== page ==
Is Google Too Big?

Google Invests 4.5 Million In Google, Because It Can

Google's ominous new logoDollar signs were top of mind today when President of the United States, Barack Obama, signed a dramatic Wall Street reform bill to protect Americans from covering the cost of another bailout.

With unscrupulous practices and lax Federal regulation being blamed for the worst economic downturn since the Great Depression, the government is scrutinizing large corporations more carefully, especially those with great power to affect the economy, like Google.

The search giant is no stranger to scrutiny. Google represents one of the fastest-growing global business sectors, and while we want the Google’s of the world to succeed, the influence companies of Google’s size have on our lives and economies can be troublesome.

Ironically, the day President Obama signed the Wall Street reform bill is also the day Google announced a $4.5 million investment in a startup that makes its money by making Google richer.

Trada is the name of the startup, and I’m simplifying things a little. Let me be clear: Google is a search engine, and Trada is an online advertising agency that places ads in the search engines.

For a closer look on how Trada’s business model works, I recommend reading SearchEngineLand’s coverage on Google Venture’s latest investment. For now, the most you need to know is that Trada offers advertisers paid search via crowd sourcing, a fact that makes its business model both unique and predictable.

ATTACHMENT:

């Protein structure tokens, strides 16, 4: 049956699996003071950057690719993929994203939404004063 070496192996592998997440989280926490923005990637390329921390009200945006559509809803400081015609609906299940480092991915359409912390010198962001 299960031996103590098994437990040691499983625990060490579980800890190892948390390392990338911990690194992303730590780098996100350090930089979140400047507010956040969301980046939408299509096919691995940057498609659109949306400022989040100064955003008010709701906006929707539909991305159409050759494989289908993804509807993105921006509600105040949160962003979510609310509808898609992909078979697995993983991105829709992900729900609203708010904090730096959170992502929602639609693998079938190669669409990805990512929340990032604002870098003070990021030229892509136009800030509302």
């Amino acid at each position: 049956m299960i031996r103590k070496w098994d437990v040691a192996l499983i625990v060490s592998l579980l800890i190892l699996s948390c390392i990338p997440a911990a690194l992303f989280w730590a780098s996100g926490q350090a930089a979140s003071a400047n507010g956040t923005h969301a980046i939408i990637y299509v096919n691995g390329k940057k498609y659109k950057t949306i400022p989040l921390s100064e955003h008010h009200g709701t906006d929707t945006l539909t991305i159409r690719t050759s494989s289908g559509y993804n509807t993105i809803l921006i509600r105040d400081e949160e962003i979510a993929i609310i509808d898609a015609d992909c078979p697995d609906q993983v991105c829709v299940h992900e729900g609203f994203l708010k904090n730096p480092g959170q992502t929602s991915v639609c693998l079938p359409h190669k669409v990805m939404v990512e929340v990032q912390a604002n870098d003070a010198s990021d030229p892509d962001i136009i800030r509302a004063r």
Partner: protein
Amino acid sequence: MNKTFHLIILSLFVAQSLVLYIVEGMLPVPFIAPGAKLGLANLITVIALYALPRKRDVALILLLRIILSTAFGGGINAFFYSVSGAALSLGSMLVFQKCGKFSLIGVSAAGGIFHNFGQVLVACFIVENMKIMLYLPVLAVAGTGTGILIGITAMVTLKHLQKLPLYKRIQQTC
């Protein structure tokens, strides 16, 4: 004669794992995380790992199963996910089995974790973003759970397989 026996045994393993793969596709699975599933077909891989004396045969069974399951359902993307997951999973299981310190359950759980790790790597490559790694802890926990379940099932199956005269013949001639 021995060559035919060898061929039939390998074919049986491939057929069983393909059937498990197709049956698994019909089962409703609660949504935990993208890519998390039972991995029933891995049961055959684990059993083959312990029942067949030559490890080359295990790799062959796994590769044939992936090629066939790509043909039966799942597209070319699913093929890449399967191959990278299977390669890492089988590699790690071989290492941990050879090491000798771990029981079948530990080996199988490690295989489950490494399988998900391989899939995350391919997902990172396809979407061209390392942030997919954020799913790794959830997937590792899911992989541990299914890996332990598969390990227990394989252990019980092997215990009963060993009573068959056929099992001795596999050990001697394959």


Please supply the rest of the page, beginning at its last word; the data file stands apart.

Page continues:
Though crowd sourcing as a business model a growing, web-driven trend, Trada did it so well Google noticed and that, not the crowd sourcing alone, is what really makes Trada unique.

How does this relate to the bailout, Wall Street reform bill, and economy? It may not. But when a company as large and powerful as Google invests in one whose success relies on its ability to bolster Google’s bottom line, old questions surrounding Google’s maybe-monopoly on search and too-big influence on online marketing and commerce are inevitably raised.

Moreover, when news of Google’s bold move comes on the same day its most notable supporter takes steps to limit big business from serving its interests to the point of jeopardizing those of the American public, one wonders if powers that be will draw a line in the sand to distinguish one set of rules for Google, and another for everyone else.

Do you think Google Venture’s latest investment is problematic for advertisers, consumers, or the marketing industry in general? Do you think the laws governing Google are different from those governing other corporations? Post your thoughts below.

-Amanda Moshier

Originally from Wpromote, Inc. PPC Management. Cross-Posted with permission.

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